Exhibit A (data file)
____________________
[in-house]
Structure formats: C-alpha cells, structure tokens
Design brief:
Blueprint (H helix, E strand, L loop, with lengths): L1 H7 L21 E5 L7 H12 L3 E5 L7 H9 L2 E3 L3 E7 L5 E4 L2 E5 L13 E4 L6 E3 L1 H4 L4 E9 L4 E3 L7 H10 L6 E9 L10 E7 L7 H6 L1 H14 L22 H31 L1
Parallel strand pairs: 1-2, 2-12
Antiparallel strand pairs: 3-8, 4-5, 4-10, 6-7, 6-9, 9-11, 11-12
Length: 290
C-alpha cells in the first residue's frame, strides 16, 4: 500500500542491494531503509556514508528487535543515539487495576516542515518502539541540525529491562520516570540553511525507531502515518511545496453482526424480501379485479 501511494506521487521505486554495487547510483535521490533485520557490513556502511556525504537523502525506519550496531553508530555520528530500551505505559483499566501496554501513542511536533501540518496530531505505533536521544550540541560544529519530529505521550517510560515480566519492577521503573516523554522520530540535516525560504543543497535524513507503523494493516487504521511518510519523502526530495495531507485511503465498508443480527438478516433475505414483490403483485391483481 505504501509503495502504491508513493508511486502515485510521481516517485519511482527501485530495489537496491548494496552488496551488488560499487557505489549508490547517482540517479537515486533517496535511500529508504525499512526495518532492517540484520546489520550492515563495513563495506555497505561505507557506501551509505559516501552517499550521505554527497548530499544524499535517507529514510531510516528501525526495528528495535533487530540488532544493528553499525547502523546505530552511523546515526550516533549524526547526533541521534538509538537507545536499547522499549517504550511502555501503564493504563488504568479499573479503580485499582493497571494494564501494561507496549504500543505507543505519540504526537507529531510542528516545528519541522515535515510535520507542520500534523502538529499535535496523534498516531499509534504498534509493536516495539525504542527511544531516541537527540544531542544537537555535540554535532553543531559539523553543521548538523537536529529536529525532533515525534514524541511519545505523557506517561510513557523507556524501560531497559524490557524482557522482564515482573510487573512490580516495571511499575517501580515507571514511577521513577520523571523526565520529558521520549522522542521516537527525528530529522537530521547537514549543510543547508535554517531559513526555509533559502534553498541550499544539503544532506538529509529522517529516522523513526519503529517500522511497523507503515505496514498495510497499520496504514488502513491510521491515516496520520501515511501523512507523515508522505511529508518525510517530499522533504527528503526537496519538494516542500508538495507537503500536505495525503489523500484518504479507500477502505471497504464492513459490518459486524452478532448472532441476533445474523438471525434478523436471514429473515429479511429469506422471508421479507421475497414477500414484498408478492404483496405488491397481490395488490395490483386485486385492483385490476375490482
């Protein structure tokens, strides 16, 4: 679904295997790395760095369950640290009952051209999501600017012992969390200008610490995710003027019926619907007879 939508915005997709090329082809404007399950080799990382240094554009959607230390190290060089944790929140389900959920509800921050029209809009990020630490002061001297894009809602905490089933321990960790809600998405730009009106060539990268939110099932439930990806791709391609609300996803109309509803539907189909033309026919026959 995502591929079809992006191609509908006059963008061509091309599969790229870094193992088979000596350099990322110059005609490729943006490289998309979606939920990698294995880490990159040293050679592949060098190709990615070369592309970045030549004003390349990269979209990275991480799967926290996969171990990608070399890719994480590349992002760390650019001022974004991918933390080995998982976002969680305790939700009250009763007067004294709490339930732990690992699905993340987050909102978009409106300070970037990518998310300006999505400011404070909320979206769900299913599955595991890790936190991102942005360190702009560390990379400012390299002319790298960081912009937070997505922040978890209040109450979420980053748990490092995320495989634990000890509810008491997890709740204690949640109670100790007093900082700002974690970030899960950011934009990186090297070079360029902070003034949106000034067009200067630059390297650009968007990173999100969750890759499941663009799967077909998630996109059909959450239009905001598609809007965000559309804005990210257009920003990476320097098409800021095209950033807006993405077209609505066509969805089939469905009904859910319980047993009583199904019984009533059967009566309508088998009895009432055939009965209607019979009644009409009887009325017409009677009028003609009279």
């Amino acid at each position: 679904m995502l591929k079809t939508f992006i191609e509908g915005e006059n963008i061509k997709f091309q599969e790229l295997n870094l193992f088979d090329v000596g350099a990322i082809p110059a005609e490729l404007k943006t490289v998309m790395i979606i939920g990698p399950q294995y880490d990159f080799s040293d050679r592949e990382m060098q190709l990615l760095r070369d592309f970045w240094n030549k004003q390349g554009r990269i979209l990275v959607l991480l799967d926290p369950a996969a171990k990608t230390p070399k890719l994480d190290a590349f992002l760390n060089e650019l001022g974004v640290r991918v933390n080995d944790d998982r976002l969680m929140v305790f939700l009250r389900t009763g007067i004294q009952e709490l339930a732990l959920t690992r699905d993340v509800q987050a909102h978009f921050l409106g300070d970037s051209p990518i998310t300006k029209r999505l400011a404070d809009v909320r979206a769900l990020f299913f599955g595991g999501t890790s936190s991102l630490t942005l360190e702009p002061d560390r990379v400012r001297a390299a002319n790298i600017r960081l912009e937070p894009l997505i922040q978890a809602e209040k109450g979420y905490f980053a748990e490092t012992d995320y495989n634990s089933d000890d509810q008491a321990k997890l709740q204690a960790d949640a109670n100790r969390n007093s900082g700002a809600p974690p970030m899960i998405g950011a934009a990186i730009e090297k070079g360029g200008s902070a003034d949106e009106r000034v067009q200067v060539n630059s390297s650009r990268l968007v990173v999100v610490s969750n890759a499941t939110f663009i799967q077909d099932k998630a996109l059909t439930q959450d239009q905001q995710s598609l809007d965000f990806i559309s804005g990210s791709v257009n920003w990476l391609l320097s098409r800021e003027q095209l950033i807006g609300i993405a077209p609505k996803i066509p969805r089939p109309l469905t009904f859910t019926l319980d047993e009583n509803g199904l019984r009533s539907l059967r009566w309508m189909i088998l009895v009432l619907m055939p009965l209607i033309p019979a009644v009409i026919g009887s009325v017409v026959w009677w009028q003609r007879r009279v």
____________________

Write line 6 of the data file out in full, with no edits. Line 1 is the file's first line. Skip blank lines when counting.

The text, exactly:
Antiparallel strand pairs: 3-8, 4-5, 4-10, 6-7, 6-9, 9-11, 11-12